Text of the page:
Above It All


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Capital's debut full-length Above It All is a rock and roll gem waiting to be discovered. Shedding the Brit-pop skin that they wore on their original demos, the South Carolina band now dons a crisper, classic rock and roll sheen (thanks in part to producer Dave Cobb, formerly of The Tender Idols.) Above It All does not sound like a self-financed record. Just listen to the full bass that writhes around the taut, beat-flipping rhythms set up by drummer Kenneth Salters on "Can't Get Off." Dig into the pissed off, kiss off of the opening cut "Famous" for more catchy-but-edgy hooks than you'll see on any modern rock radio programmer's play list. Bookend that with the last song "What Keeps You Up." This one pulses slowly. There may be a sinister undercurrent, but the gorgeous strings (is that a mellotron?) keep the whole shebang afloat for a dreamy ending that shows off the diversity of the quartet and the compositional skills this band is lucky enough to own. Other highlights include "Invincible," which shows off Ry Adams' snotty punkish voice. On the other side of Ry's coin is the gorgeous pure pop double tracked vocal of "Luckiest Man In The World." The latter should surely be a single. It's melodic, pretty and timeless. However, in a perfect world, "Round Again" would be the ubiquitous track for rainy summer days. With its Ringo Starr-style splashy drumming and chiming guitar work from Noel Rodgers and Todd Mathis, this one takes Capital way beyond the Oasis flavored sound of their earlier recordings and into the realm of Paul McCartney's early '70s work with Wings. Displaying just the right amounts of pure songwriting ability, dead-on musical performances, strong (but thankfully not too perfect) vocals and rock solid production, the title of Capital's new disc speaks more concisely than I could about where the band stands in relation to all other comers locally and nationally. This is a great rock and roll record.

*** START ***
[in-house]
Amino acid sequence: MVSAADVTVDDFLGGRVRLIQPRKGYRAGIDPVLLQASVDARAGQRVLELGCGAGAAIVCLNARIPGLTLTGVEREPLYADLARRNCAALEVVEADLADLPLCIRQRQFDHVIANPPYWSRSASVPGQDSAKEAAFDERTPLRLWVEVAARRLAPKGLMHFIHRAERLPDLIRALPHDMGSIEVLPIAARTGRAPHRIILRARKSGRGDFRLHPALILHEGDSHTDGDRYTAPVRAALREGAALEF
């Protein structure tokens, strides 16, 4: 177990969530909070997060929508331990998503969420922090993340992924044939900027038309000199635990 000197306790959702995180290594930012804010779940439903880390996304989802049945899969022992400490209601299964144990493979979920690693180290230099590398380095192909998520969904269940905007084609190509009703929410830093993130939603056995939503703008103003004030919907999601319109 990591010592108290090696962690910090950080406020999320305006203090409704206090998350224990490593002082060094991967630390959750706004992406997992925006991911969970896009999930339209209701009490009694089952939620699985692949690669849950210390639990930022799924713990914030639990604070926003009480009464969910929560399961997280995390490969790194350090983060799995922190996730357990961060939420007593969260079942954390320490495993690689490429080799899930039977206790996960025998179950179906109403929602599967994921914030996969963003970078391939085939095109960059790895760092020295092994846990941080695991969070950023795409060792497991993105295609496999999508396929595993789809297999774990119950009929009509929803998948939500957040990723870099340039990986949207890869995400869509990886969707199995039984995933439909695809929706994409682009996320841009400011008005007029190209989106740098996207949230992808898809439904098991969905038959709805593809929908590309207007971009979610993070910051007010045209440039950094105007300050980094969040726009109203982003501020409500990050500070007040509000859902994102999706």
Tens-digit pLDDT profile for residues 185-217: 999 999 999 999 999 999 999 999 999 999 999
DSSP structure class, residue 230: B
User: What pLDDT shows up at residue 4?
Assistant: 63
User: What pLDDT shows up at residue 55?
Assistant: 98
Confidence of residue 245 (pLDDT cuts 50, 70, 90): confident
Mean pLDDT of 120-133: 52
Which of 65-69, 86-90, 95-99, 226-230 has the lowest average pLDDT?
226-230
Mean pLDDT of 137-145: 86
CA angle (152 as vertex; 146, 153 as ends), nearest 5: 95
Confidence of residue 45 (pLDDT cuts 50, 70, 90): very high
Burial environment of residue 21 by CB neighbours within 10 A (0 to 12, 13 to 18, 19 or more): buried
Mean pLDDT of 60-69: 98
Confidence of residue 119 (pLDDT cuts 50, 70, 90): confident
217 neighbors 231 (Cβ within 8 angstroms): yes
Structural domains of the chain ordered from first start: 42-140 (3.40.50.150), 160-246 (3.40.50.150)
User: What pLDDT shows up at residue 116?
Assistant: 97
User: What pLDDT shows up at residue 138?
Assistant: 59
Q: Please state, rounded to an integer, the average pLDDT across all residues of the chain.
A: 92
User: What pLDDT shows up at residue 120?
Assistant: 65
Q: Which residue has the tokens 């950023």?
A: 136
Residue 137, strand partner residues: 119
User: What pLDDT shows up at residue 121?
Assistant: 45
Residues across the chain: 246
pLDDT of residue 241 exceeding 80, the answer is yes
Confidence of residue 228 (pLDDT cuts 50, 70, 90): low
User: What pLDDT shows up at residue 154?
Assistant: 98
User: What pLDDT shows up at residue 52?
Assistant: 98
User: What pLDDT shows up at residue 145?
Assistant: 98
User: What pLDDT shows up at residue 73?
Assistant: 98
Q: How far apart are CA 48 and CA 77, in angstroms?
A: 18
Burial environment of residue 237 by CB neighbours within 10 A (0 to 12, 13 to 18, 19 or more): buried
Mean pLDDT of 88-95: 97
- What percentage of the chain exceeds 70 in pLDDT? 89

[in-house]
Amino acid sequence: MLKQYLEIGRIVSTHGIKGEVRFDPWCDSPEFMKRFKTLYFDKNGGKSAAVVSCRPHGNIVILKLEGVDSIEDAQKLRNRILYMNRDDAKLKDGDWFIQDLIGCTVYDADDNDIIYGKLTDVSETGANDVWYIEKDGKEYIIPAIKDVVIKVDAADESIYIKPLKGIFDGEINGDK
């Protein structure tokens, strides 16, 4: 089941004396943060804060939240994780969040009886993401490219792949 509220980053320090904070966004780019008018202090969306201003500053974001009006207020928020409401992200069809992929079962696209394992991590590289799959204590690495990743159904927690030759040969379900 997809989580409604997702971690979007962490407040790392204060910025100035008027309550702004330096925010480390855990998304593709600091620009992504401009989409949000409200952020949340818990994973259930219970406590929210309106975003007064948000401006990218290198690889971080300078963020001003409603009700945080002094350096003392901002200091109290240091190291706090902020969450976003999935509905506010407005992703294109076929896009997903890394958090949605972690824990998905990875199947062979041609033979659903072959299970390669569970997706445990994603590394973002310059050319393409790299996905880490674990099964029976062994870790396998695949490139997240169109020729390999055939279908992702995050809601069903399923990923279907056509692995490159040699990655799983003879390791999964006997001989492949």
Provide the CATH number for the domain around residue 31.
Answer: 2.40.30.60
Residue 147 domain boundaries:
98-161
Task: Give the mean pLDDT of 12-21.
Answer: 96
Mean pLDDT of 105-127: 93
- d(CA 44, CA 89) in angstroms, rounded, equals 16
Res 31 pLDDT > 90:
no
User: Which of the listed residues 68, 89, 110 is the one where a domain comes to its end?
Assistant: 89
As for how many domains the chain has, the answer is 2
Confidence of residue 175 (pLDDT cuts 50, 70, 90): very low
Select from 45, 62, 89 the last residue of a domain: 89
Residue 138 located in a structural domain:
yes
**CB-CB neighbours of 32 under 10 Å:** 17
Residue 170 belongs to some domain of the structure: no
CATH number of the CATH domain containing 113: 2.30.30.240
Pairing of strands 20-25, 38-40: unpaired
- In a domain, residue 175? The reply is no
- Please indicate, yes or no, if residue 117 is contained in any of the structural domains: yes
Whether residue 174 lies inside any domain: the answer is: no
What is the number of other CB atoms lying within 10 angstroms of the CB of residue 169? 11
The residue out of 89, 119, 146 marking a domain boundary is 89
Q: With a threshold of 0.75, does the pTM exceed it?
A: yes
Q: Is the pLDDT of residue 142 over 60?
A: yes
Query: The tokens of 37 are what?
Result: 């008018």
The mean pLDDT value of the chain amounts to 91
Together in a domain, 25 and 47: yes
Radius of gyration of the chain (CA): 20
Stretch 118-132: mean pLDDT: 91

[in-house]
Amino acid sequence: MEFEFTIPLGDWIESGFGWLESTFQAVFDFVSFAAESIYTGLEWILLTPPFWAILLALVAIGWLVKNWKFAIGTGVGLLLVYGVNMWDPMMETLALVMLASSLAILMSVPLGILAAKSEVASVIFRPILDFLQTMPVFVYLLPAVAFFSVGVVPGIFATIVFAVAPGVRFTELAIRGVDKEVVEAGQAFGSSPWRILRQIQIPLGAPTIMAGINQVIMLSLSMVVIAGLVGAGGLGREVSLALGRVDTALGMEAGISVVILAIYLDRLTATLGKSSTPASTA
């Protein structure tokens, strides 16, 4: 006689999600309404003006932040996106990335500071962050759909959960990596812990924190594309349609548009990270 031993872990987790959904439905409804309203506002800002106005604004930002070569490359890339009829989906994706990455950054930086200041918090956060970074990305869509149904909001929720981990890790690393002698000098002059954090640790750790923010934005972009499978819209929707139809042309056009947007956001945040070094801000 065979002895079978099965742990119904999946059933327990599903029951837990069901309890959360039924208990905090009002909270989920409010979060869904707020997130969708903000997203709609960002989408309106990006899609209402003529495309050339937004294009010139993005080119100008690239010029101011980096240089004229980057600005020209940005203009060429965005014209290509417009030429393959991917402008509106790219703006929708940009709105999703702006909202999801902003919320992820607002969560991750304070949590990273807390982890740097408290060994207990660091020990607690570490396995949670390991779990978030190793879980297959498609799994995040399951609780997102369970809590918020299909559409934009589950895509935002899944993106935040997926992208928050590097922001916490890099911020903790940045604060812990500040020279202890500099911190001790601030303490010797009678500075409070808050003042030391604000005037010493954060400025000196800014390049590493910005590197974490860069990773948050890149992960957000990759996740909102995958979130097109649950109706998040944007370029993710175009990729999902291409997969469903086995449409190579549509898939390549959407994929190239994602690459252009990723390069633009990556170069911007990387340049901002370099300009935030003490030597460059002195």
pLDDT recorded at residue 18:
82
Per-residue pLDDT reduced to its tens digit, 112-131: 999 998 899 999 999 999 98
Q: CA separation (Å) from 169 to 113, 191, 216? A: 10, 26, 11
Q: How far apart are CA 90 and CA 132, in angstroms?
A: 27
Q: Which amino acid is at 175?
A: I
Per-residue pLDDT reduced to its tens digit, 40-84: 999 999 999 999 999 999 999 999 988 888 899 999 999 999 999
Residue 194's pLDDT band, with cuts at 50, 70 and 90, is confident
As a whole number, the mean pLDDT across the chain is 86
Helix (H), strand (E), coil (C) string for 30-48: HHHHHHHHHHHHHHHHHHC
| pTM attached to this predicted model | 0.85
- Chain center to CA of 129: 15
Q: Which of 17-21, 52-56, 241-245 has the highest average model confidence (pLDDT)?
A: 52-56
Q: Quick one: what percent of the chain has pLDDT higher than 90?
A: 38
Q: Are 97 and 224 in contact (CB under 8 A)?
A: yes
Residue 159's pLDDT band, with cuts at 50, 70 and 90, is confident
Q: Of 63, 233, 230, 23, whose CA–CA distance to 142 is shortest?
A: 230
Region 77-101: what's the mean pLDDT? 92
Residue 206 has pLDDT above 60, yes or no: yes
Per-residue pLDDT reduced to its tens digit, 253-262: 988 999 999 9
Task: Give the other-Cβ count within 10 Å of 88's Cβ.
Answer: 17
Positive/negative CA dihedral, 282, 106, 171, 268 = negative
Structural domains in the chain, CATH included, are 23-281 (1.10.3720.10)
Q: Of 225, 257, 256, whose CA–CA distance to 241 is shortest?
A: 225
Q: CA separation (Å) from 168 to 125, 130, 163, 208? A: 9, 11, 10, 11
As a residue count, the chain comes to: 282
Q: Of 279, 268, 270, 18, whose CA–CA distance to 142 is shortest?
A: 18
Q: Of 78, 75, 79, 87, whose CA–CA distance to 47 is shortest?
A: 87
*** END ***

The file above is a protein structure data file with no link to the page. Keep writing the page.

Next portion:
(Chris McKay/